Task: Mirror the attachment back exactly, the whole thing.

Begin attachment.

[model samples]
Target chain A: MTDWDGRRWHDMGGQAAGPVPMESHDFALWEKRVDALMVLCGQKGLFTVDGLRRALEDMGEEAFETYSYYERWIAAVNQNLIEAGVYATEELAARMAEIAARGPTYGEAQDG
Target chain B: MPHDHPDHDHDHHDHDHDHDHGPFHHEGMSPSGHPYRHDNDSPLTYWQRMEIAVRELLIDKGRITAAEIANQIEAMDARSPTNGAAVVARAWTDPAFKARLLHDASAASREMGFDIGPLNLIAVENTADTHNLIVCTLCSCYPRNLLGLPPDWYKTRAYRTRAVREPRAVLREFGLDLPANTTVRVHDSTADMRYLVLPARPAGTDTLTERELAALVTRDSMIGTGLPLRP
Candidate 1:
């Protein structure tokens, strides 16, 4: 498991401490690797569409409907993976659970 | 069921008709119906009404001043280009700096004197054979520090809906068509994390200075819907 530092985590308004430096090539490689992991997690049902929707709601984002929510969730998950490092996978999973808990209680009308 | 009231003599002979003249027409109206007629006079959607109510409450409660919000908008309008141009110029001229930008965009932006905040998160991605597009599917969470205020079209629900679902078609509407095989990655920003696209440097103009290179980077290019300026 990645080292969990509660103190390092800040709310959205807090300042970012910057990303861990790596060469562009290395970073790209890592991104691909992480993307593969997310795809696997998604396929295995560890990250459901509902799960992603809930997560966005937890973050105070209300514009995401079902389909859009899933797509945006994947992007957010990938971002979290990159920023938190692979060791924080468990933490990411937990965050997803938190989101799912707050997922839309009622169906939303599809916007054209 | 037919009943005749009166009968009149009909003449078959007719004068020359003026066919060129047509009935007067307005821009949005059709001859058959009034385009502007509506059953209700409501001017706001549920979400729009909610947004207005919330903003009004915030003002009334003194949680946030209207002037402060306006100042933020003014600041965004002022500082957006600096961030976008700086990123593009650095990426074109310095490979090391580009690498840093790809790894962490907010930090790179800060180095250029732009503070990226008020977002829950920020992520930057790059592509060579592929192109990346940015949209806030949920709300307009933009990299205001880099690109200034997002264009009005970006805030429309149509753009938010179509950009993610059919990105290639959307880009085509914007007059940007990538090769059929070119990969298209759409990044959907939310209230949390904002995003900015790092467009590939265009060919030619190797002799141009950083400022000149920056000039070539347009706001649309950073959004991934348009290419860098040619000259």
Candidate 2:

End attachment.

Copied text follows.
[model samples]
Target chain A: MTDWDGRRWHDMGGQAAGPVPMESHDFALWEKRVDALMVLCGQKGLFTVDGLRRALEDMGEEAFETYSYYERWIAAVNQNLIEAGVYATEELAARMAEIAARGPTYGEAQDG
Target chain B: MPHDHPDHDHDHHDHDHDHDHGPFHHEGMSPSGHPYRHDNDSPLTYWQRMEIAVRELLIDKGRITAAEIANQIEAMDARSPTNGAAVVARAWTDPAFKARLLHDASAASREMGFDIGPLNLIAVENTADTHNLIVCTLCSCYPRNLLGLPPDWYKTRAYRTRAVREPRAVLREFGLDLPANTTVRVHDSTADMRYLVLPARPAGTDTLTERELAALVTRDSMIGTGLPLRP
Candidate 1:
């Protein structure tokens, strides 16, 4: 498991401490690797569409409907993976659970 | 069921008709119906009404001043280009700096004197054979520090809906068509994390200075819907 530092985590308004430096090539490689992991997690049902929707709601984002929510969730998950490092996978999973808990209680009308 | 009231003599002979003249027409109206007629006079959607109510409450409660919000908008309008141009110029001229930008965009932006905040998160991605597009599917969470205020079209629900679902078609509407095989990655920003696209440097103009290179980077290019300026 990645080292969990509660103190390092800040709310959205807090300042970012910057990303861990790596060469562009290395970073790209890592991104691909992480993307593969997310795809696997998604396929295995560890990250459901509902799960992603809930997560966005937890973050105070209300514009995401079902389909859009899933797509945006994947992007957010990938971002979290990159920023938190692979060791924080468990933490990411937990965050997803938190989101799912707050997922839309009622169906939303599809916007054209 | 037919009943005749009166009968009149009909003449078959007719004068020359003026066919060129047509009935007067307005821009949005059709001859058959009034385009502007509506059953209700409501001017706001549920979400729009909610947004207005919330903003009004915030003002009334003194949680946030209207002037402060306006100042933020003014600041965004002022500082957006600096961030976008700086990123593009650095990426074109310095490979090391580009690498840093790809790894962490907010930090790179800060180095250029732009503070990226008020977002829950920020992520930057790059592509060579592929192109990346940015949209806030949920709300307009933009990299205001880099690109200034997002264009009005970006805030429309149509753009938010179509950009993610059919990105290639959307880009085509914007007059940007990538090769059929070119990969298209759409990044959907939310209230949390904002995003900015790092467009590939265009060919030619190797002799141009950083400022000149920056000039070539347009706001649309950073959004991934348009290419860098040619000259």
Candidate 2: